Justice League: The Darkseid War Essential Edition (2018)
Reprints Justice League #40-50, Justice League: The Darkseid War Special, and DC Sneak Peek: Justice League
Written by Geoff Johns
Directed by Jason Fabok and Francis Manapul
The New 52 came in with the Justice League and ended with it too. After fifty issues, Geoff Johns capped off his run as Rebirth became the banner on every comic. With this final arc, Johns could wrap up most of the threads laid out over the last four years, more or less. The Darkseid War brought back the titular menace from the first arc and expanded on DC lore. Now it did so in some highly confusing ways and clashed with other points, but this is sort of a thing for DC Comics ever since Crisis. The continuity just doesn’t quite fit. But you just get used to it and move on, I suppose.
As the epic story opens, Metron, one of Jack Kirby’s New Gods, shows how some are aware of the cycle of destruction and rebirth in the DC Universe. He runs into the Anti-Monitor, the villain from Crisis on Infinite Earths, who has been restored into existence due to Brainiac’s machinations manipulating reality. To save reality, Metron offers to help restore the Anti-Monitor to his full power if he agrees to a pact not to destroy reality. The Anti-Monitor laughs at this offer, knowing Metron has little power and that to kickstart the obliteration of reality, he must end Darkseid’s life. Metron’s all-powerful Mobius Chair is destroyed, Anti-Monitor leaves, and Grail, the estranged daughter of Darkseid, reveals herself and her plans to help kill her father.
The whole story kicks in when the League discovers that 44 women named Myrina Black have been killed in the last few months. It turns out Myrina Black was a rogue Amazon who had a child with Darkseid, the aforementioned Grail. Darkseid’s assassins, Kanto & the Female Furies, have been dispatched to try to end the child and mother’s lives. Grail shows up, steals the Ring of Volthoom from Power Ring, and uses it to call the Anti-Monitor to Earth-0, where the big battle occurs. The League watches Darkseid die and find themselves unmade and rebuilt. Superman is blasted with the fires of Apokalips and becomes a manifestation of rage; Lex Luthor dies and is reborn as a stone-skinned man akin to Darkseid, while Batman takes his seat in the rebuilt Mobius Chair and has all the knowledge of the Multiverse revealed to him.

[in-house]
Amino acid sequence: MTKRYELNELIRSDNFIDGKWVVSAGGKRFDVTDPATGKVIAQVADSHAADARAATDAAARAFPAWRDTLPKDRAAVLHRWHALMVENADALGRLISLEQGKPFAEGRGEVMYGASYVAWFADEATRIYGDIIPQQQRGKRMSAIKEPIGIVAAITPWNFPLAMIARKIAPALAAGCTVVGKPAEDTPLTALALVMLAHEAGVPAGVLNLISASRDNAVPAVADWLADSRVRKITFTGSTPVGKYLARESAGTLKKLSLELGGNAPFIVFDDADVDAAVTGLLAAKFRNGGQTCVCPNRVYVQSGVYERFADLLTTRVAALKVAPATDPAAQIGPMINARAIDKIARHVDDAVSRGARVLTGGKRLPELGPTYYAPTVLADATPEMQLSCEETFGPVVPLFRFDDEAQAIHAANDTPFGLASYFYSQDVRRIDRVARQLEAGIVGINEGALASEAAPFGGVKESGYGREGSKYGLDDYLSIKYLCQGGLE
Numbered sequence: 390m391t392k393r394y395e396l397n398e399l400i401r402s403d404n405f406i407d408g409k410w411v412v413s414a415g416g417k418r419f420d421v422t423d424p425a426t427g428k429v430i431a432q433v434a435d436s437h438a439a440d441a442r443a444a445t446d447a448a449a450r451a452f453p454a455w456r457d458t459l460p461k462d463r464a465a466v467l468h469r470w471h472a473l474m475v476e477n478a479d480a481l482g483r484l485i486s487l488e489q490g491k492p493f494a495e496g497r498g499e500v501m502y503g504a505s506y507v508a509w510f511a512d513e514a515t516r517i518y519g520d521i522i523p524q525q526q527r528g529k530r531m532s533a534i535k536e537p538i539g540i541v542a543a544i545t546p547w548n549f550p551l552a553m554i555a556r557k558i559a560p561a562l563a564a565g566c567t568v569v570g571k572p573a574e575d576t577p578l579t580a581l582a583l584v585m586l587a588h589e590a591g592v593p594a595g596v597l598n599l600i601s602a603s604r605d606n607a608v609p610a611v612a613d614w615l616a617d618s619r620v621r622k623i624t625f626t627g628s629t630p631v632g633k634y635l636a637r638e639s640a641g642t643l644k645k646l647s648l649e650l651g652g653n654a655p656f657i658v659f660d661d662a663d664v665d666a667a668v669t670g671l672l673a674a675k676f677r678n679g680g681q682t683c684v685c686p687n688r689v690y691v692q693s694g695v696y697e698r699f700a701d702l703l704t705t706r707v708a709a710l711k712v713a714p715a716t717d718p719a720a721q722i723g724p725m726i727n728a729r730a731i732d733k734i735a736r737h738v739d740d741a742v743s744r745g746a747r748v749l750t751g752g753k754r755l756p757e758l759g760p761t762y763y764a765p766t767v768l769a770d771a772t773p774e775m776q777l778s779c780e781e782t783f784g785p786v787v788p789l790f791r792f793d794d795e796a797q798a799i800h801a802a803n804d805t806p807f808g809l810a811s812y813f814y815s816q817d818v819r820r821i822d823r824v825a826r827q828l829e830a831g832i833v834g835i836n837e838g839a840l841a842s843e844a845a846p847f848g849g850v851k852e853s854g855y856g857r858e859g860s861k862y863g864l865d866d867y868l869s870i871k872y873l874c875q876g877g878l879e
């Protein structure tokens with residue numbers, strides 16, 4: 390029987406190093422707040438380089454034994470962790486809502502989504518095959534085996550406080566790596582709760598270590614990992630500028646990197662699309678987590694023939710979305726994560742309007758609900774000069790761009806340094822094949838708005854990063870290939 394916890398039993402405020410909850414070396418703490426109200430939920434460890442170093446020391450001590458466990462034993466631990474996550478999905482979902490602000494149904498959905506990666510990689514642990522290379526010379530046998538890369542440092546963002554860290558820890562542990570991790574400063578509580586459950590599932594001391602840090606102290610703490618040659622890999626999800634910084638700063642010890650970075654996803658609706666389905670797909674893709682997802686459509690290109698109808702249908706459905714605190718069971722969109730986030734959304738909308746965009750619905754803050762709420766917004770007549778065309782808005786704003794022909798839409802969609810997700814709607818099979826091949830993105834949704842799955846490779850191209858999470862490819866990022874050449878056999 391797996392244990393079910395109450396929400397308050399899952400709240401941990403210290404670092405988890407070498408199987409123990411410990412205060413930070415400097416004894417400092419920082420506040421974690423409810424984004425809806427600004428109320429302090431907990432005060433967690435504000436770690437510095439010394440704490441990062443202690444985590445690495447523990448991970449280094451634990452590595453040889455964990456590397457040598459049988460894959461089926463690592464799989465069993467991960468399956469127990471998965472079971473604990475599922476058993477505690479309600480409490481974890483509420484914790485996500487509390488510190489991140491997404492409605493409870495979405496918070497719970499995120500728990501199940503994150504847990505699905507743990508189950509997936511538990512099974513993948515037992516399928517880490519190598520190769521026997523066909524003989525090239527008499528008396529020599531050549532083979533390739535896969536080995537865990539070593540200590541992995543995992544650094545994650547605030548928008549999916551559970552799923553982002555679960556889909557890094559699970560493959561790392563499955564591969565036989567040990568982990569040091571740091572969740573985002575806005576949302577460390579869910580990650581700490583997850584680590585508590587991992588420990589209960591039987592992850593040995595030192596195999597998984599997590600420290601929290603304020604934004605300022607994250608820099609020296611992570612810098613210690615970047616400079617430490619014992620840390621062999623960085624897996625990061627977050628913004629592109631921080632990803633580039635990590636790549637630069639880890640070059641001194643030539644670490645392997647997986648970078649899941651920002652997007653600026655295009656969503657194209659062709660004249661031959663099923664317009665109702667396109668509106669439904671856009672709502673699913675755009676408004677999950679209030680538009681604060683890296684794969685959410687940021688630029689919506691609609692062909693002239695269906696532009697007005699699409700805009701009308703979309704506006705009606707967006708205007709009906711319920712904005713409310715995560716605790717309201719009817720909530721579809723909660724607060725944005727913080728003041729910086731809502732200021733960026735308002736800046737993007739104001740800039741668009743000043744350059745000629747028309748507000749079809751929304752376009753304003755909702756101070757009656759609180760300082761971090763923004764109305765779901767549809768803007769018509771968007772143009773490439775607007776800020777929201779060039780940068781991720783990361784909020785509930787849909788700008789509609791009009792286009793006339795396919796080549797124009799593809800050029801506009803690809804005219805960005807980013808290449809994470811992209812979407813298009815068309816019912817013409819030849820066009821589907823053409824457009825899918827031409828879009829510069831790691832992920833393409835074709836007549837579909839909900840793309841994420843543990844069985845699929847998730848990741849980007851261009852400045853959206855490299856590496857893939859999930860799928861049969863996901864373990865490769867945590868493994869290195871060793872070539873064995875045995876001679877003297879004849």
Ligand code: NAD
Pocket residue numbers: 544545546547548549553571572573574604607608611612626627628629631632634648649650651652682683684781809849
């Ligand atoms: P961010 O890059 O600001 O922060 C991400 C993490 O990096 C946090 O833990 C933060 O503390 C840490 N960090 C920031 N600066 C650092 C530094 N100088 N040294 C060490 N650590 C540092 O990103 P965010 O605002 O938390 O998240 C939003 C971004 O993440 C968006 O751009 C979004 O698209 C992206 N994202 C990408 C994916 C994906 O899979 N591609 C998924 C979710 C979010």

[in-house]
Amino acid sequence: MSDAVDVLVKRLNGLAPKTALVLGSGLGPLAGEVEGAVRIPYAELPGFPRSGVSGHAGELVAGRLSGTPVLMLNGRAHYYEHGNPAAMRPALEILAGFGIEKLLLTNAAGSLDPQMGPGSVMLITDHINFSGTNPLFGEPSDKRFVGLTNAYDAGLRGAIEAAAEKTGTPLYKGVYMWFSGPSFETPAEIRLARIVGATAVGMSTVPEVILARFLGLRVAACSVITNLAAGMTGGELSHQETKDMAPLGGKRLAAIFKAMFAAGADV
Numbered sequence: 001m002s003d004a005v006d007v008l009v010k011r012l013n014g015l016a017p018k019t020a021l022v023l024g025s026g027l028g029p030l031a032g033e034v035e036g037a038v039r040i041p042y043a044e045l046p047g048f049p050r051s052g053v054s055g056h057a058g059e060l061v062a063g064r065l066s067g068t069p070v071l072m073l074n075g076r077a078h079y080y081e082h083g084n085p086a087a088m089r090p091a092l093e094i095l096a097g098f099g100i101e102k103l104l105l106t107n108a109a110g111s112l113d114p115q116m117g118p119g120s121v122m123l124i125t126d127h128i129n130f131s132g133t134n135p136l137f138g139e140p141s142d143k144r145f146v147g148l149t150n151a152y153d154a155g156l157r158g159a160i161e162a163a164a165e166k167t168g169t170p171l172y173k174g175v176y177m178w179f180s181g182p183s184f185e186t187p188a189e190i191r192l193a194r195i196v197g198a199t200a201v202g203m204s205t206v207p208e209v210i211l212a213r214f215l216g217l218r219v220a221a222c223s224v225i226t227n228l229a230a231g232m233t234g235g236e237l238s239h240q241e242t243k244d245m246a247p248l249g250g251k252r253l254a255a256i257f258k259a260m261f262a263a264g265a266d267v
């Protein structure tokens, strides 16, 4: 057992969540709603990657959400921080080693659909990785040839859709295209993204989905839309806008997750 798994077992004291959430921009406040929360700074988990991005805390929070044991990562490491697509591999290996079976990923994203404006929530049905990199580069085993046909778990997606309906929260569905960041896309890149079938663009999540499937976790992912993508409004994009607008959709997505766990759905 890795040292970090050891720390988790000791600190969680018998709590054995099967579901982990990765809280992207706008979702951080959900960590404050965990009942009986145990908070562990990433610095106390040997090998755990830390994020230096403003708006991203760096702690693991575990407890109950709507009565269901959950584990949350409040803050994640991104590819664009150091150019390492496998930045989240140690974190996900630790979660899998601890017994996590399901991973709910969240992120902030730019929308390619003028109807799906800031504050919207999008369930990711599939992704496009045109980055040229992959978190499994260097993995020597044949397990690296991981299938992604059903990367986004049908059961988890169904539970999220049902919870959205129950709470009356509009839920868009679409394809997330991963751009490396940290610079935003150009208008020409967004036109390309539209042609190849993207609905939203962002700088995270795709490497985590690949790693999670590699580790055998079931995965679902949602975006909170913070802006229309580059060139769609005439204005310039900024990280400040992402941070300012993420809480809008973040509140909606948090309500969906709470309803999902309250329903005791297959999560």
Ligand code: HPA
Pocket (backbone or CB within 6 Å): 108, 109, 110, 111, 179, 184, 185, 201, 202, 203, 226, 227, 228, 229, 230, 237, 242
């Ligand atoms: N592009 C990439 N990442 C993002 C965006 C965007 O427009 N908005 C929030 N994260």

The Darkseid War is not a story everyone will like, and there are parts I really dislike. Overall though? It’s a lot of fun, and it’s coming from a place where you don’t have to worry about the next arc, which means Johns is allowed to get wild. He radically transforms the League, knowing the next writer will restore the status quo and plays with big ideas that go back almost forty years in the DCU. Johns has always been the best writer in acknowledging and building on the canon and lore of the past. He’s not interested in telling small stories though he has some great intimate character moments in his JSA run. Justice League is the blockbuster movie of DC Comics, and so it should always be big explosive universe-shattering stories.
Johns explains the name of the Mobius Chair, invented by Kirby in the early 1970s, and ties it back into Crisis from 1985. I get irked in many Star Wars and Marvel movies when easter eggs overflow off the screen. It is just pandering to fans, but I loved it here, dammit. I think because I don’t build my personality off of the comic books I read, it can just be fun. When you see Star Wars adult fans reacting to trailers and movies watery-eyed, it’s honestly pathetic. You laugh and smile, but being overwhelmed with emotion due to an expensive marketing campaign for petroleum-based totems is sort of weird. On the other hand, it’s fun to see big dumb stories about heroes and villains fighting from time to time.
Jason Fabok handles much of the art here, and he’s one of those brilliant talents which is good no matter the story you put him on. He’d later illustrated Johns’ The Three Jokers mini-series, which spun out of The Darkseid War, and even on that awful tale, Fabok provided beautiful art. As a result, battles feel rightfully epic, characters look classic, and the new designs work alongside the old. I always love when I see Fabok’s name on the credits of an upcoming project because I know at least it will be a good-looking book.
The plate is packed in The Darkseid War, and because it’s the end of the run, some things get lost. For example, Captain Cold, whose joining the League with Luthor was a big deal in the last collection, Injustice League, doesn’t even appear here. Aquaman is also totally absent without much of an explanation as to why. I don’t think you’ll notice these characters’ absences here because so much is happening, but it does mean those are long-running plot elements that just don’t have a resolution.
If, by the end of this storyline, you feel overwhelmed and confused, so much happening and so many characters all over the place, well…okay. If comic books are always up their own ass trying to be “critically acclaimed” or tell “important stories,” the genre just dies. Comic books are big dumb power fantasies primarily enjoyed by children (or at least they should be). The Darkseid War is a lot of stupid fun with clever bits sprinkled here and there. It’s an excellent end to a decent Justice League, especially compared to the Bryan Hitch run that followed (geez, what a stinker!).
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